Weather Forecast

Close
Advertisement

Farmington parents boost special ed council

Email Sign up for Breaking News Alerts
News Farmington,Minnesota 55024 http://www.farmingtonindependent.com/sites/default/files/styles/square_300/public/field/image/angela%20field.jpg?itok=dDYUkQHa
Farmington Independent
651-463-7730 customer support
Farmington parents boost special ed council
Farmington Minnesota P.O. Box 192 / 312 Oak St. 55024

It was pure chance that put Angela Field and Michelle Albeck in the same session of a group called Partners in Policymaking. But the two Farmington residents have made the most of the meeting.

Advertisement
Advertisement

Field and Albeck both have children with special needs. They signed up for the Partners in Policymaking program to learn to better advocate for their children. They didn’t know each other before the classes, but once they learned they were both from Farmington, they started talking about what they could accomplish if they worked together.

Late last year, the pair started working with the Farmington School District to revive its special education advisory council. The council has been around for years, but parent participation has been limited. With Field and Albeck drumming up interest, though, the group has grown to 15 or 20 members since relaunching in January.

“I just think parents always need some sort of support and information,” Field said. “It’s nice to get together and know what’s going on in your district. We can help our kids and be aware of major changes.”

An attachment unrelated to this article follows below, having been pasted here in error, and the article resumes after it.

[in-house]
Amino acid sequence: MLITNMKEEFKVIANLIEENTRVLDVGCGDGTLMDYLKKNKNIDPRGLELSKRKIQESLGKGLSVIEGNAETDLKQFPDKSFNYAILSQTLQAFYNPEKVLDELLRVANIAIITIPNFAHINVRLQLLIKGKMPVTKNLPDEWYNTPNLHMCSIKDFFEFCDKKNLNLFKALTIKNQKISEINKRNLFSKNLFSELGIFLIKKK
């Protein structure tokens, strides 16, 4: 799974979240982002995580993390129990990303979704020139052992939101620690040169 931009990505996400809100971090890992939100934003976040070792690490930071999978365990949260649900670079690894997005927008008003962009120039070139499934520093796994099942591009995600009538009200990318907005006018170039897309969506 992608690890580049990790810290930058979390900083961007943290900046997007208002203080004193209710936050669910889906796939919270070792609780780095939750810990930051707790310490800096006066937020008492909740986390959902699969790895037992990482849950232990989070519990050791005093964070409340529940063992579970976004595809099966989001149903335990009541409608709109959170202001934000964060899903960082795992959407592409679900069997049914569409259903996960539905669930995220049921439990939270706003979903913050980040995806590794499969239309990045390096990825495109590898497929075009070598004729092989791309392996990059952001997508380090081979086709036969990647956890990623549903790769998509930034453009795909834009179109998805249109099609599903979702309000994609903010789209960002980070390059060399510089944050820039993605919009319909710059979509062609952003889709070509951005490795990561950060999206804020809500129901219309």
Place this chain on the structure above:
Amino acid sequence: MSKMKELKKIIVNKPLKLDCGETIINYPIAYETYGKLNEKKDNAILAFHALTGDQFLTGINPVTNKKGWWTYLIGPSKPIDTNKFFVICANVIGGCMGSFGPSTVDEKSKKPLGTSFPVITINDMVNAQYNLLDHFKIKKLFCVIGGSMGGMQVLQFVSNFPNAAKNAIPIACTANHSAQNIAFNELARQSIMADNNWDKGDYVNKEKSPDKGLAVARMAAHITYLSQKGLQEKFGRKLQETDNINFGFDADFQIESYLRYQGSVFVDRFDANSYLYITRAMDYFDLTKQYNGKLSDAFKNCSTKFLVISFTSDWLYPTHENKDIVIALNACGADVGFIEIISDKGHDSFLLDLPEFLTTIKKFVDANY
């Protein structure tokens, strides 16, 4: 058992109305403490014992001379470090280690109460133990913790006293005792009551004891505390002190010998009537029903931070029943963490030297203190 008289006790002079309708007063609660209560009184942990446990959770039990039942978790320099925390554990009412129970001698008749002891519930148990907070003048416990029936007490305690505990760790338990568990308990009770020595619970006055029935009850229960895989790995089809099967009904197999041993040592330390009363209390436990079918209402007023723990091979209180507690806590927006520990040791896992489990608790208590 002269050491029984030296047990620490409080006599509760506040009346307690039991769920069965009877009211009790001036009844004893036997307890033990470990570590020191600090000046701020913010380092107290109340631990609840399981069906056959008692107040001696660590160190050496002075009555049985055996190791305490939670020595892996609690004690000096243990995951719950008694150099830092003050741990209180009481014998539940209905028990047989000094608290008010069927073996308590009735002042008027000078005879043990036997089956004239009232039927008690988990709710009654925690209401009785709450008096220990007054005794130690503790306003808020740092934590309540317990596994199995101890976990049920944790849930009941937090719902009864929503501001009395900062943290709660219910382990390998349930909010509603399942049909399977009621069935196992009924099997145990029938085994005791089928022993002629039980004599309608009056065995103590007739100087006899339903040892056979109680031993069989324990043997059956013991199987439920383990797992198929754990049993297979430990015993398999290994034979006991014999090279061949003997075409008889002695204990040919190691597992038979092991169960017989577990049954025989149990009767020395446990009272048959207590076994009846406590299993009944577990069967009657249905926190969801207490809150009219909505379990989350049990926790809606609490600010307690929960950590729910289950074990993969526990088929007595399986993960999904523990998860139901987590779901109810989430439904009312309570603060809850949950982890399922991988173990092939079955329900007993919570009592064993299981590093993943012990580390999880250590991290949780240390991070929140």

This first year of the council has been kind of a trial run. There has been a lot of planning for what the group will become. Now Field and Albeck want to find more parents to get involved.

“I think we have a lot of big goals,” Albeck said. “Now our big thing is … getting information on the website. Getting information out to the community.”

Family

Field’s son was 6 months old when he was diagnosed with shaken baby syndrome, the result of mistreatment by a daycare provider.

There were at least two incidents. Field noticed symptoms after the first, but doctors dismissed them. The second time it happened, police were at the daycare when Field showed up to pick her son up.

Now 13, Michael has “pretty major cognitive delays,” Field said. He’s had surgeries to fix limbs that are not growing properly and is paralyzed on his left side.

Albeck has a son and a daughter who have both been diagnosed with nonketotic hyperglycinema, a rare condition that causes problems that can include lethargy, poor muscle tone and developmental delay, among other things.

Advertisement
Nathan Hansen
Nathan Hansen has been a reporter and editor with the Farmington Independent and the Rosemount Town Pages since 1997. He is very tall.
(651) 460-6606
Advertisement
Advertisement